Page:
DealTalk: Consumption the new play in Indonesian M&A

By Joseph Chaney and Janeman Latul

JAKARTA (BestGrowthStock) – Indonesia, long revered among dealmakers as a land blessed with quality coal, gold, and other coveted natural resources, is likely to take on another identity soon as a hotbed for consumer and retail M&A.

Multiple factors are spurring increased spending habits in the world’s fourth most populous nation. Indonesian salaries have risen over a quarter in the last three years, the stock market (.JKSE: ) is booming, and the government aims to build much needed ports and roads to improve travel between its 17,000 islands.

Major U.S. retailers such as Wal-Mart (WMT.N: ) and Korean retailer Lotte Shopping (023530.KS: ), as well as local domestic private equity players such as PT Saratoga Investama Sedaya, are on the hunt for exposure to Indonesia’s consumption growth.

“For the past month, Korean supermarkets, French players, and Wal-Mart are all looking for partners to acquire so they can capture the domestic story,” said an Indonesia-based banker at a bulge bracket firm.

Bankers say deals currently in the works and at different stages of development include mergers and stake sales in retailers Matahari Putra Prima (MPPA.JK: ) and Ramayana Lestari Sentosa (RALS.JK: ).

There is also speculation that Michelin (MICP.PA: ) may buy out Southeast Asia’s largest tire maker Gajah Tunggal (GJTL.JK: ).

“We’re doing a strategic review with our banker and we expect to finalize the options for our hypermarket unit by the end of the month,” Benjamin Mailool, Matahari Putra Prima’s president director, told Reuters.

Wal-Mart, Lotte and Michelin were not immediately available for comment. Gajah Tunggal was also not available for comment, but in September it said it has no objections to Michelin raising its stake in the firm.

Ramayana’s finance director Suryanto said no decision has been made on any deal yet.

Matahari — which is asking for $1 billion for its hypermarket unit — has appointed Bank of America-Merrill Lynch (BAC.N: ) as its strategic adviser in the deal. The deal will eventually close, even after taking into account the seller’s high expectations and Indonesia’s tricky dealmaking environment, one banker said.

“The deal will get done and the valuation is high,” said a banker who is advising a potential buy-side client. “It will take time.”


Investors have snapped up Indonesian stocks (.JKSE: ) and bonds over the past 18 months, attracted by strong economic growth fueled by domestic demand and commodities exports.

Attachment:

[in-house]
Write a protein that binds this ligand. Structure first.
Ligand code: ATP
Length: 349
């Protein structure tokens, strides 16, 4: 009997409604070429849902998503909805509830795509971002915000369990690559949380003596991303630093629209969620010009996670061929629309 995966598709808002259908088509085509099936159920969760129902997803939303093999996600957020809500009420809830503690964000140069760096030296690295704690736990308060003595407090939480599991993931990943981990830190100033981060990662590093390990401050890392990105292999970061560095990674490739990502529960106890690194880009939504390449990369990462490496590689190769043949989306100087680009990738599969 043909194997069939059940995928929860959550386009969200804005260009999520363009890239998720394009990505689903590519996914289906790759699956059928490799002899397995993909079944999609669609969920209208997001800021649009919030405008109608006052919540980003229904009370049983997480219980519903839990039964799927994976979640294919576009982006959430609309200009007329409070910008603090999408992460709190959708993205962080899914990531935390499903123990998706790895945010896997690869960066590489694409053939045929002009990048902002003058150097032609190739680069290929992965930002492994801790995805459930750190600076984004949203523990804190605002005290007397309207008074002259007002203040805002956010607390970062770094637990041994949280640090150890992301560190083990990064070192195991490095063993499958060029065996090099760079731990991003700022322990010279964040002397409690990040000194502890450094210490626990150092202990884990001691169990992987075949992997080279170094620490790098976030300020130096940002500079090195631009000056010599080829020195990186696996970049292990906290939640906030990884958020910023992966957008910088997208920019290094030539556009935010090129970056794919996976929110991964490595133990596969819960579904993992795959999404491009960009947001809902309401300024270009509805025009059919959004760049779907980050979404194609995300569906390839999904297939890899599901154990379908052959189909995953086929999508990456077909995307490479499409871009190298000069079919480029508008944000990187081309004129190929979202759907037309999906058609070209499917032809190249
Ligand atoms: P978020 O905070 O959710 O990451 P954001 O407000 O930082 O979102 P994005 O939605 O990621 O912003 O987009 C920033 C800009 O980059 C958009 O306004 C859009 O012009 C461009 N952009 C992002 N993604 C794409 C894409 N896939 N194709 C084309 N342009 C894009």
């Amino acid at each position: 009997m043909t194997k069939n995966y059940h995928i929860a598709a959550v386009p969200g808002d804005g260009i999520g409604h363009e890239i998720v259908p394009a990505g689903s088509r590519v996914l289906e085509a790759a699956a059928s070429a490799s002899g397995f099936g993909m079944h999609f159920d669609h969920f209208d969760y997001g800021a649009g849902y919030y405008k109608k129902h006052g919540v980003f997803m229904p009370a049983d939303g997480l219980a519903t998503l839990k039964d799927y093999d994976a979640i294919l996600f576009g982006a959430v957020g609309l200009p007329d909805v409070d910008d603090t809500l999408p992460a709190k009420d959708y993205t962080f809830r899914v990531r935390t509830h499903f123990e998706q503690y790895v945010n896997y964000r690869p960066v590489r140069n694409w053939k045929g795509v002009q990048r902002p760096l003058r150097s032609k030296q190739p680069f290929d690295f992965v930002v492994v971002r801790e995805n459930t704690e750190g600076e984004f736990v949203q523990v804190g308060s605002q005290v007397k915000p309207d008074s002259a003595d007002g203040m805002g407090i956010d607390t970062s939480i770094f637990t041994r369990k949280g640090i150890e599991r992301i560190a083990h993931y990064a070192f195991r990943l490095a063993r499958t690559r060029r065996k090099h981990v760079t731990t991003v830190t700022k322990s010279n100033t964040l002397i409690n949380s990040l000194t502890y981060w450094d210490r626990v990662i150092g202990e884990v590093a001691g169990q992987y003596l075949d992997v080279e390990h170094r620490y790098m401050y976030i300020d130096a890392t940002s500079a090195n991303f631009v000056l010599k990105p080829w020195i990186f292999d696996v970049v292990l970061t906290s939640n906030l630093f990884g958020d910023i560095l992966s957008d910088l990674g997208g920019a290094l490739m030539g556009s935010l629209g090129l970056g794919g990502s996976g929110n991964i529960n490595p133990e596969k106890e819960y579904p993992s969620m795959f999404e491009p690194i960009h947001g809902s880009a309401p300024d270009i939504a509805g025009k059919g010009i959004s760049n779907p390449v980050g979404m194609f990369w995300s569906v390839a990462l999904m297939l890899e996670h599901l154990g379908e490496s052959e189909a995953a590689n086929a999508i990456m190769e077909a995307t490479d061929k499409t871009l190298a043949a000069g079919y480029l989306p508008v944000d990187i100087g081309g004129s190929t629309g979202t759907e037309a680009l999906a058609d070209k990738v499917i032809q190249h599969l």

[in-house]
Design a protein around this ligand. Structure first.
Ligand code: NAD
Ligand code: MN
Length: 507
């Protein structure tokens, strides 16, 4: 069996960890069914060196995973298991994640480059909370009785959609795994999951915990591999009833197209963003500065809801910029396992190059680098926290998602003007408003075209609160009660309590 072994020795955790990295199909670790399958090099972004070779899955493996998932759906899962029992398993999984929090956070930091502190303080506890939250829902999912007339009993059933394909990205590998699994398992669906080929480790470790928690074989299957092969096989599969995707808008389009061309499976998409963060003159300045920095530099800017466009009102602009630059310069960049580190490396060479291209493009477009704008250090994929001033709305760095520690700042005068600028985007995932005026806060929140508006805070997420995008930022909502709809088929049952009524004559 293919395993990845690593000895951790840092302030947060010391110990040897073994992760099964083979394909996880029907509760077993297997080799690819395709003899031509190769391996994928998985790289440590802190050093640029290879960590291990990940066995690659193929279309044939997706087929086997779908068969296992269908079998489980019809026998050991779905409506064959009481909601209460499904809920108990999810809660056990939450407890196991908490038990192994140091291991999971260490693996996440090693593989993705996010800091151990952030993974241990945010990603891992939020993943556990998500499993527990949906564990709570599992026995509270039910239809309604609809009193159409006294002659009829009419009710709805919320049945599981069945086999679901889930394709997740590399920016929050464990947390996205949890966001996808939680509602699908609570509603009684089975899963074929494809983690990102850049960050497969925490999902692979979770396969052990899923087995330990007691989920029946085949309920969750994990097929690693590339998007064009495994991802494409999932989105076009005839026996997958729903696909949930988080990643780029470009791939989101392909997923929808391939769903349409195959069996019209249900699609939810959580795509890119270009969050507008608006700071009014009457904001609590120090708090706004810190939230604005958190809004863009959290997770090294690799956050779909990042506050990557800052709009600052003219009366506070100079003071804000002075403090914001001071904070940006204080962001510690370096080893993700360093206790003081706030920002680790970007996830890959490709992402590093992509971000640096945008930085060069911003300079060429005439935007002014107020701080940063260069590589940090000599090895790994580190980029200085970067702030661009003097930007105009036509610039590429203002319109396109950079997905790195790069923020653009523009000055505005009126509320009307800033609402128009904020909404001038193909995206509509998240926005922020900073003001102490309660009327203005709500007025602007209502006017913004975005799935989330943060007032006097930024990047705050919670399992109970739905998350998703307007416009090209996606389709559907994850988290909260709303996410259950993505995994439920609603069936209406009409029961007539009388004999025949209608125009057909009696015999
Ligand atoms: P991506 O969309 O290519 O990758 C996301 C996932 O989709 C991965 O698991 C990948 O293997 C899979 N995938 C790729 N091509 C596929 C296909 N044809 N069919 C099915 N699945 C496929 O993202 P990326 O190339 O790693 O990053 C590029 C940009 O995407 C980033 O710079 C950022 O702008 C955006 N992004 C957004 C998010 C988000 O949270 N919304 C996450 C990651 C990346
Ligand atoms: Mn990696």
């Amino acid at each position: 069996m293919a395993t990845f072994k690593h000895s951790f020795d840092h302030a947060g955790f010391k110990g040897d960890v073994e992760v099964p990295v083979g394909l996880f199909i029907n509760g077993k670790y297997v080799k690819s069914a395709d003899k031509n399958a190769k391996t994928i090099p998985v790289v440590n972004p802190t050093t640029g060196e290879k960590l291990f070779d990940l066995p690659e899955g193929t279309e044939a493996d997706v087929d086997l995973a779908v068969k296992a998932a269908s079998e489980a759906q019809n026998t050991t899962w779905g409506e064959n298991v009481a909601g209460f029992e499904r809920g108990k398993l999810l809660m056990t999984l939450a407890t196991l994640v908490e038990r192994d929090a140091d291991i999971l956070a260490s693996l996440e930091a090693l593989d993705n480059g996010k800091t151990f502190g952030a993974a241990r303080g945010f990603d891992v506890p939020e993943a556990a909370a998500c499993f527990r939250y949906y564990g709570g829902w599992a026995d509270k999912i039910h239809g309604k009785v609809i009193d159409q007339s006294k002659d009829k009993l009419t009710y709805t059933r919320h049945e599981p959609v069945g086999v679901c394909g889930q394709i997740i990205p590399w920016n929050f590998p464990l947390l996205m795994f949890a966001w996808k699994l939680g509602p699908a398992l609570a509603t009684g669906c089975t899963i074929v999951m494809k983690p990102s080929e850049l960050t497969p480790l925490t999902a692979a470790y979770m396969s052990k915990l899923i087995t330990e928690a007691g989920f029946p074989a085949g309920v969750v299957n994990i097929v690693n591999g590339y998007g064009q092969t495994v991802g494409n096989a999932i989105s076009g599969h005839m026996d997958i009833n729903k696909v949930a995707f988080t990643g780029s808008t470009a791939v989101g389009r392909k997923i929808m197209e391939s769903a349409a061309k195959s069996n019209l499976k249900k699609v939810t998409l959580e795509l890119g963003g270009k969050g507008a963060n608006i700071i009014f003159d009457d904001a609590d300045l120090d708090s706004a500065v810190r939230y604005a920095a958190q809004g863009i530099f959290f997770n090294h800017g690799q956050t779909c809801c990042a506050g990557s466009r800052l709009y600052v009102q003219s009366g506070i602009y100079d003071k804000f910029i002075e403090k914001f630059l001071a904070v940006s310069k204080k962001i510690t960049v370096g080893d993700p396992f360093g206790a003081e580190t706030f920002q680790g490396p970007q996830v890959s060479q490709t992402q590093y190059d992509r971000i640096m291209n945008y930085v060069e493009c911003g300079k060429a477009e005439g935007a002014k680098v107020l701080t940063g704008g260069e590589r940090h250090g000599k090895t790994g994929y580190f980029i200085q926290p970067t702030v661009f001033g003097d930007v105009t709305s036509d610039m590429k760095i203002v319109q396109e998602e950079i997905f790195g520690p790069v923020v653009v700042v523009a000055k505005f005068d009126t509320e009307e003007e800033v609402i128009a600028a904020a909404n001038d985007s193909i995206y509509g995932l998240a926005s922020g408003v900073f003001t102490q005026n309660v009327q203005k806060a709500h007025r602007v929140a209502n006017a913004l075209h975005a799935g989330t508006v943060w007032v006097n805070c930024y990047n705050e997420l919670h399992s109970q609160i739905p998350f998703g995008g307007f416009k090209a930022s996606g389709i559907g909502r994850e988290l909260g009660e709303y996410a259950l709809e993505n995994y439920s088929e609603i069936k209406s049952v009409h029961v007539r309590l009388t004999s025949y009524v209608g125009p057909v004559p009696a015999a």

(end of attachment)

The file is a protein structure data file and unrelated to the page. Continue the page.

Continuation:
Consumer stocks are at the center of the action. Shares in Gajah Tunggal, a proxy for surging car sales, have more than quadrupled this year, outstripping the index’s 42 percent gain.

In early October, Indonesia’s PT Indofood CBP Sukses Makmur (ICBP.JK: ), the world’s top noodle maker, jumped as much as 15 percent on its trading debut as investors bought the stock to get exposure to strong Asian consumer demand.

Indonesia’s annual income per capita as of 2009 was 21.48 million rupiah ($2,391), according to the latest data from Indonesia’s statistic bureau, up from $1,942 in 2007.

Monthly average expenditure per capita for food in 2009 was 217,720 rupiah ($24.37), up from 193,828 rupiah in 2008.

Despite the bullish outlook, there are still plenty of risks for firms directly investing in the island nation. High on the list are bureaucratic red tape, corruption, and the importance of political connections, especially in the legal system.

French retailer Carrefour SA (CARR.PA: ) once struggled to find new locations in Indonesia, but is now expanding rapidly after Indonesia’s Para Group, which is politically connected and has banking, media and retail interests, said it aimed to raise more than $350 million from a global bond this year to buy a 40 percent stake in Carrefour’s local unit.

Domestic PE firms such as Saratoga look poised to cash in on the trend. It expects to raise up to $500 million in new capital next year by targeting newly-minted Indian and Chinese investors to pounce on opportunities in the consumer, infrastructure and shipping sectors.

“Current valuations on consumer-related companies are high compared to several years ago,” said Harry Su, head of research at Jakarta-based brokerage PT Bahana Securities.

“The difference is the buyer is willing to pay a higher price because Indonesia is on the investment radar now.”

($1=8931 Rupiah)

(Additional reporting by Aditya Suharmoko and Fathiya Dahrul; Editing by Neil Chatterjee and Muralikumar Anantharaman)

DealTalk: Consumption the new play in Indonesian M&A